Journey to Prototype: Bringing Technical Validation into Concept Development

To develop a product is to take an idea and turn it into something real and physical, something that can be seen, touched, and used. This ‘something’ could be tiny or large, simple or complex, it might even be lifesaving. Whatever the product, the process of transforming a thought into a tangible item is no easy feat. New product development is fundamentally challenging; this is why a product design consultancy develops a structured process to facilitate the development journey and reduce risk along the way. Each process may differ, but for the Client the pinnacle moment is reaching a prototype. Reaching a prototype is absolutely a key moment in the development journey. Nonetheless, the magnitude with which the prototype stage is revered can sometimes lead to opportunities in the earlier design stages being undervalued in a race to reach prototype. Often these are opportunities that can maximise the success of a prototype (and final product) and, in fact, can significantly save time and revisions in the later stages beyond the initial prototype.

The moment of reaching a prototype will always be a priority for the Client. Why are we so obsessed with the prototype stage? Why is this stage often afforded more value than any other? The answer is simple – it’s perceived as the first moment the Client gets to see their idea in reality. It offers validation; when with bated breath and healthy nervousness you unbox the prototype and get to see how your idea has translated into a real product. You can touch it. You can use it. You can interact with it. You can show it to people. The prototype gives a kind of ROI: you can now see in a physical form, the manifestation of all the ideas and conversations, the energy, time and investment. On a personal level, it’s a highly rewarding, even emotional moment. From a business perspective, reaching a prototype can be equally significant, it can be a key pre-requisite for further funding (potentially via crowdfunding or investment). It’s clear then that prototype is worth the hype.

But what is critical from a designer’s perspective, is that all of this validation can be seen in the earlier stages too. In reality, the prototype stage, the physical output, is an accumulation of all the design work that has come before it. Every idea, conversation, strategy, concept sketch, CAD detail, sourcing exercise, and in-house test contributes to the creation of a prototype (and obviously, the final product). It can be hard to see the value in these individual activities until you’re looking back over your journey with a prototype in your hands. However, recognising this value is essential. The work carried out in the early stages will determine the success of your product’s prototype. The quality and depth of design work carried out prior to prototyping is what will create that gasp of delight when you first unbox the prototype.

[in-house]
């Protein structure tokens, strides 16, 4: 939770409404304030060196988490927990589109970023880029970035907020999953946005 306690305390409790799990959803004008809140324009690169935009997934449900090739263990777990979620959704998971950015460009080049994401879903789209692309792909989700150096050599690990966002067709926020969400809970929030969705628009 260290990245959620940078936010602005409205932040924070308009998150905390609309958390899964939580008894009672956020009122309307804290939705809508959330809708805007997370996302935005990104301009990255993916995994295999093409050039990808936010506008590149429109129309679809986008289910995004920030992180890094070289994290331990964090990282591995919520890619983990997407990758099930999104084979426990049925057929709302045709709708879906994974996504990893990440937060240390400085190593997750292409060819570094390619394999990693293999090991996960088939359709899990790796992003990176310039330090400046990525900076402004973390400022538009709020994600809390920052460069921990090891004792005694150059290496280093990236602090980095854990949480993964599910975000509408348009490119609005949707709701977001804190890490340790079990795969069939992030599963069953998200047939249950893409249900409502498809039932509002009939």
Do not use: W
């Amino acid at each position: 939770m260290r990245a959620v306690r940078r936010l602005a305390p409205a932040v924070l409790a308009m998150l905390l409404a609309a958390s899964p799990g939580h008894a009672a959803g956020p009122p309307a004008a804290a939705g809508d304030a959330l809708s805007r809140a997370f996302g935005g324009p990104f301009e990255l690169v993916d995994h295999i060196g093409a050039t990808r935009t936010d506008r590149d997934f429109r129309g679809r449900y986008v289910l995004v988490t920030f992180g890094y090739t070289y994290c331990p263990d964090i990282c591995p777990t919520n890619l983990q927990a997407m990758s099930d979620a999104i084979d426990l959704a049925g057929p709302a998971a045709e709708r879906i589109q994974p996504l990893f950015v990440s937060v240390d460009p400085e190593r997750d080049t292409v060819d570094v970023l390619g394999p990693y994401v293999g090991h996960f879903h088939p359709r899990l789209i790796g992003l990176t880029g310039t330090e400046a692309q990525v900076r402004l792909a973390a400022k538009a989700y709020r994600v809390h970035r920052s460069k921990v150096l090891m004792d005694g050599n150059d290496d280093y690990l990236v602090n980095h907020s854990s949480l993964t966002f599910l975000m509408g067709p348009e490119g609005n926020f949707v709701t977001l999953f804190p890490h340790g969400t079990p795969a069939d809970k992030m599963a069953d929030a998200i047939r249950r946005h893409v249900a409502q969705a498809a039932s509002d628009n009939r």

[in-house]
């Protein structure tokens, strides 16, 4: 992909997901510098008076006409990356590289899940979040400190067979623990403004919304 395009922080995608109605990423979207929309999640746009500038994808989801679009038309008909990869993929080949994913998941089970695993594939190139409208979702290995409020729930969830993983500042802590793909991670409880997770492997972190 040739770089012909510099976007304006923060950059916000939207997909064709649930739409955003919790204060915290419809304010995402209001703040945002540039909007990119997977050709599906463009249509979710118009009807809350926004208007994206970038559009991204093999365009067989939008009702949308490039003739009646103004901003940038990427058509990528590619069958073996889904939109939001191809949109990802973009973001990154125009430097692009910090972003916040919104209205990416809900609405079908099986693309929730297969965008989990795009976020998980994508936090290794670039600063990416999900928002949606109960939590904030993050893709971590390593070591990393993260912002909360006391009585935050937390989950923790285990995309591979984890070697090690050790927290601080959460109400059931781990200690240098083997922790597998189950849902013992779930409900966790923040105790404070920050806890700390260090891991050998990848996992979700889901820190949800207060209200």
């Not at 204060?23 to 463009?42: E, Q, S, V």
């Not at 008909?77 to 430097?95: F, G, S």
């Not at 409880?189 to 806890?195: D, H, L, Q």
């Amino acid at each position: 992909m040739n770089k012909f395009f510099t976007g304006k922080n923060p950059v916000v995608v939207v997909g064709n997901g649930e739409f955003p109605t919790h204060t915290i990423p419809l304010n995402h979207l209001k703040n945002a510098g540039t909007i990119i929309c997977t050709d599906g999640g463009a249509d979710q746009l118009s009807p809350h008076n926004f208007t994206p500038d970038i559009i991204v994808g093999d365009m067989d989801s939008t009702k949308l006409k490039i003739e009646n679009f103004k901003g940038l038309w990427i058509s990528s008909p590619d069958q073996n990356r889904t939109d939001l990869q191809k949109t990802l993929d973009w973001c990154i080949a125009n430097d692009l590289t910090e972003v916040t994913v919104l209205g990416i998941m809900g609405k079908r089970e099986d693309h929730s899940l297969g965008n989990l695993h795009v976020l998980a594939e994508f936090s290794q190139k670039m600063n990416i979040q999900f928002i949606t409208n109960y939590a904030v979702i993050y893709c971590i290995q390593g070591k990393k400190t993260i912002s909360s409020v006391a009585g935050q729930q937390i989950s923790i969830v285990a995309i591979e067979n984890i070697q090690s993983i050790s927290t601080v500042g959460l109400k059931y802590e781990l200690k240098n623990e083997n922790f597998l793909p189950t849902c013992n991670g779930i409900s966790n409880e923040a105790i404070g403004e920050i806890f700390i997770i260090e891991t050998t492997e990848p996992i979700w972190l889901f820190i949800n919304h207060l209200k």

A key question evolves out of this, that question is, how can you ensure the prototype delivers on this expectation? By building technical feasibility into the early development phases.

Prototype may be the obvious moment when you are able to see and touch your idea, but there are numerous hands-on activities that come before this. As much as we love blue sky thinking, ideation and sketching, there’s more to concept development than visual exploration. There are strategic ways to bring technical validation into even the earliest stages of product development to make more evidence-based and informed design decisions that lead to a high-impact prototype and product.

Foresight 

The foresight stage includes the thorough research, sourcing, testing and evaluation of possible components to use within a product. This can be especially valuable when there are a number of technologies that could work withing your product. By sourcing and evaluating components for performance, price, size, power consumption, applicability given the intended use and more criteria, you are able to gain a solid understanding of the basis of your product right from the off.

Concept 

Different product concepts can be designed with particular manufacturing processes in view. This capacity requires a product design consultancy with strong manufacturing knowledge but can allow you to quickly get to grips with what may or may not be feasible. This can push you to consider your design priorities, whether it be achieving a very specific form, or realising the product through the lowest-cost manufacturing route.

Development & Detail 

Carrying out FEA (Finite Element Analysis) of 3D CAD models greatly informs the prototype creation. FEA gives an indication of where forces are going to be applied to the design, allowing a designer to assess the integrity and quality of a design before ever utilising (and potentially wasting) materials to create a prototype.

Our Thoughts

The process of realising an idea is broken down into stages precisely because product development is difficult, but it’s important to recognise just how interrelated these stages are. The purpose of stages is to de-risk development step by step, though the development process is still an interconnected one. Don’t wait for the prototype phase for confirmation that your idea will deliver as you expect. Fluidity, and new levels of forward-thinking can be built into every design stage in order to validate decisions and give you confidence in the product as it’s being developed. Reframing the way you see value throughout the product development journey could help deliver the excitement of prototype in every single stage.

Email: gethin@iterate-uk.com

Email: holly@iterate-uk.com

Contact: 01291 408283

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